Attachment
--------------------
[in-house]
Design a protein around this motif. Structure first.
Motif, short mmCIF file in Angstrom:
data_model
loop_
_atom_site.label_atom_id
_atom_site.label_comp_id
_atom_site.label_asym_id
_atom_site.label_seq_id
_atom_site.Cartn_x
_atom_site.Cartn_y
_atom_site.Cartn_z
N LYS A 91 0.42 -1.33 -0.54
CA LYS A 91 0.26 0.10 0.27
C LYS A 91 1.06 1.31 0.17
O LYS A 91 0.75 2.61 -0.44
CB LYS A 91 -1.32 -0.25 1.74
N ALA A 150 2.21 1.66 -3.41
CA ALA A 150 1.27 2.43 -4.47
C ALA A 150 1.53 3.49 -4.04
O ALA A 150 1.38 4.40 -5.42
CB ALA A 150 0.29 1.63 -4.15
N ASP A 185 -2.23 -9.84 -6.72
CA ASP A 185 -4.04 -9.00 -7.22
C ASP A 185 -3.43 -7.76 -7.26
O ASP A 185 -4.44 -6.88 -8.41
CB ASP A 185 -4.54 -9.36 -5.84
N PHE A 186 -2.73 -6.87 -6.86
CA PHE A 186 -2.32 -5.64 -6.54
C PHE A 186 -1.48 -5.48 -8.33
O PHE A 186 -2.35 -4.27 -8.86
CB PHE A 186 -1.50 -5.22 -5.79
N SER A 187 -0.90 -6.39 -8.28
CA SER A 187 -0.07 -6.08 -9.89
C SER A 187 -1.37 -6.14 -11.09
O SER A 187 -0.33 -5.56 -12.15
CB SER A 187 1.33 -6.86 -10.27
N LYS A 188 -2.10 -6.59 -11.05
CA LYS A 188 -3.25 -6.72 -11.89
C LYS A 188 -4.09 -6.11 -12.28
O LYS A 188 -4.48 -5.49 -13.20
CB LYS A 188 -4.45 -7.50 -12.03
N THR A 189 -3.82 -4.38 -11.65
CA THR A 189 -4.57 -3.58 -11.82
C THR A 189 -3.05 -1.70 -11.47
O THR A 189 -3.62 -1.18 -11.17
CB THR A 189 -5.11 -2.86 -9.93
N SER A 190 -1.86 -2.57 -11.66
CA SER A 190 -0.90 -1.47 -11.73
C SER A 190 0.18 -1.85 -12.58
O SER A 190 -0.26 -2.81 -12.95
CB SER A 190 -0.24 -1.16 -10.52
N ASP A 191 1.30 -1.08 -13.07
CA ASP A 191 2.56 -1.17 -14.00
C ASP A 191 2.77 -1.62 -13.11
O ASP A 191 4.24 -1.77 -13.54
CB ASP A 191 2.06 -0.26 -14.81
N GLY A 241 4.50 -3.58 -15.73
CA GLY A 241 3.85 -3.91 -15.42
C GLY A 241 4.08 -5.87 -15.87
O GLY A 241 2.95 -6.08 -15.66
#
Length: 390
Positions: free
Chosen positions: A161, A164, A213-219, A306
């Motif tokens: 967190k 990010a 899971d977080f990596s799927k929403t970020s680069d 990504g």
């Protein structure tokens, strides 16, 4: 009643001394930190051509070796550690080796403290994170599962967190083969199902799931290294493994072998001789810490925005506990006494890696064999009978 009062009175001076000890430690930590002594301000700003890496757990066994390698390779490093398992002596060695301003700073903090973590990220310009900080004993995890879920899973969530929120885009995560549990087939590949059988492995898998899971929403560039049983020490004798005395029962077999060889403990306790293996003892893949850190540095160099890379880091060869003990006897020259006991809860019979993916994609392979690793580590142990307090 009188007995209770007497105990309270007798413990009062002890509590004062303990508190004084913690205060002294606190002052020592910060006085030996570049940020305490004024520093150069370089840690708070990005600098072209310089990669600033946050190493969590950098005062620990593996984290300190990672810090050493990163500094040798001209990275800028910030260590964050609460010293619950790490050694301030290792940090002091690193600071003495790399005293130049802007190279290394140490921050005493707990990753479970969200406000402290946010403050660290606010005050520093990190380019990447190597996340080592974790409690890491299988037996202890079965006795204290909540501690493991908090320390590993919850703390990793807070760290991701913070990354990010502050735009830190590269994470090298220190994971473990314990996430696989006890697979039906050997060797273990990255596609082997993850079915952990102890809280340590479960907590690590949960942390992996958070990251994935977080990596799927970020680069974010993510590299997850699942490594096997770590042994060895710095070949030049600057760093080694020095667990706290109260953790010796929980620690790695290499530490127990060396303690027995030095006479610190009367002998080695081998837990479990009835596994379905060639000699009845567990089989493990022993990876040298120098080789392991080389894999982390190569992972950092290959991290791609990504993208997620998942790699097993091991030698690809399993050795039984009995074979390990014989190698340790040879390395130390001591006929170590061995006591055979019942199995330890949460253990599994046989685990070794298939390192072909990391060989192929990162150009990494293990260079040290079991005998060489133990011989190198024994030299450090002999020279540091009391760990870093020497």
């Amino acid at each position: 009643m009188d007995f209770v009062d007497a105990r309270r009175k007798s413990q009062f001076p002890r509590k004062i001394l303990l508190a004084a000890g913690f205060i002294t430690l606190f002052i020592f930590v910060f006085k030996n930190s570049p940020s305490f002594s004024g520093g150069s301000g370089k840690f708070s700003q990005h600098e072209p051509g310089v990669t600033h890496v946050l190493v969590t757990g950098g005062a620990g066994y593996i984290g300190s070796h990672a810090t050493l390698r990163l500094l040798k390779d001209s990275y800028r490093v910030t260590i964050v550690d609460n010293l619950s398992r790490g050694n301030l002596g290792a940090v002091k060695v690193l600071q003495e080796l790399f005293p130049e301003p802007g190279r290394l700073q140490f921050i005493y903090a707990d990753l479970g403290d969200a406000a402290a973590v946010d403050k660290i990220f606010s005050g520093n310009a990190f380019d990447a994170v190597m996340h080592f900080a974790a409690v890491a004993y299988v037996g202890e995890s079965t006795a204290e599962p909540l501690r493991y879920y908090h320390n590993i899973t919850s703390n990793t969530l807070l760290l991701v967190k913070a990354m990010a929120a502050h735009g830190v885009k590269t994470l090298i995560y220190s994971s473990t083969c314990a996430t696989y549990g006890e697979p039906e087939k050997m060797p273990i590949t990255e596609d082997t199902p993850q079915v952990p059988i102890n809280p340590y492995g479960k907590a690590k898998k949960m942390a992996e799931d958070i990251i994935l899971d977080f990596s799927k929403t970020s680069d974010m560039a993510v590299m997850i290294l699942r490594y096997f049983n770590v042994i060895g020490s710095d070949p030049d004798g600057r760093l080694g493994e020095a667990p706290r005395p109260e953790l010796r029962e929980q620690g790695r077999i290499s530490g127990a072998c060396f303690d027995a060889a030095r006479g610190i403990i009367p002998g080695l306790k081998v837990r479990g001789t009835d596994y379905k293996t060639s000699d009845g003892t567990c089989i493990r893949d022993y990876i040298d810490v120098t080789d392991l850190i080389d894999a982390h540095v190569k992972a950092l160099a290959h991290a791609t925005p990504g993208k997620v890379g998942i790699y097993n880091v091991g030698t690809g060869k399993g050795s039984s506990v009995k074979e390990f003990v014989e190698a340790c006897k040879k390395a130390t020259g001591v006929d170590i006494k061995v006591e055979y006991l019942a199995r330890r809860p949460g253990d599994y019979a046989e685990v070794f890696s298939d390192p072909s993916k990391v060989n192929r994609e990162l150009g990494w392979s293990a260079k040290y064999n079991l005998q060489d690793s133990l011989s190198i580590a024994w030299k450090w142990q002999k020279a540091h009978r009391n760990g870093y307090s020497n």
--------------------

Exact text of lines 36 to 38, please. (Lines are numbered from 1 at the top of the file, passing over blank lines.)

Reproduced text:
O SER A 187 -0.33 -5.56 -12.15
CB SER A 187 1.33 -6.86 -10.27
N LYS A 188 -2.10 -6.59 -11.05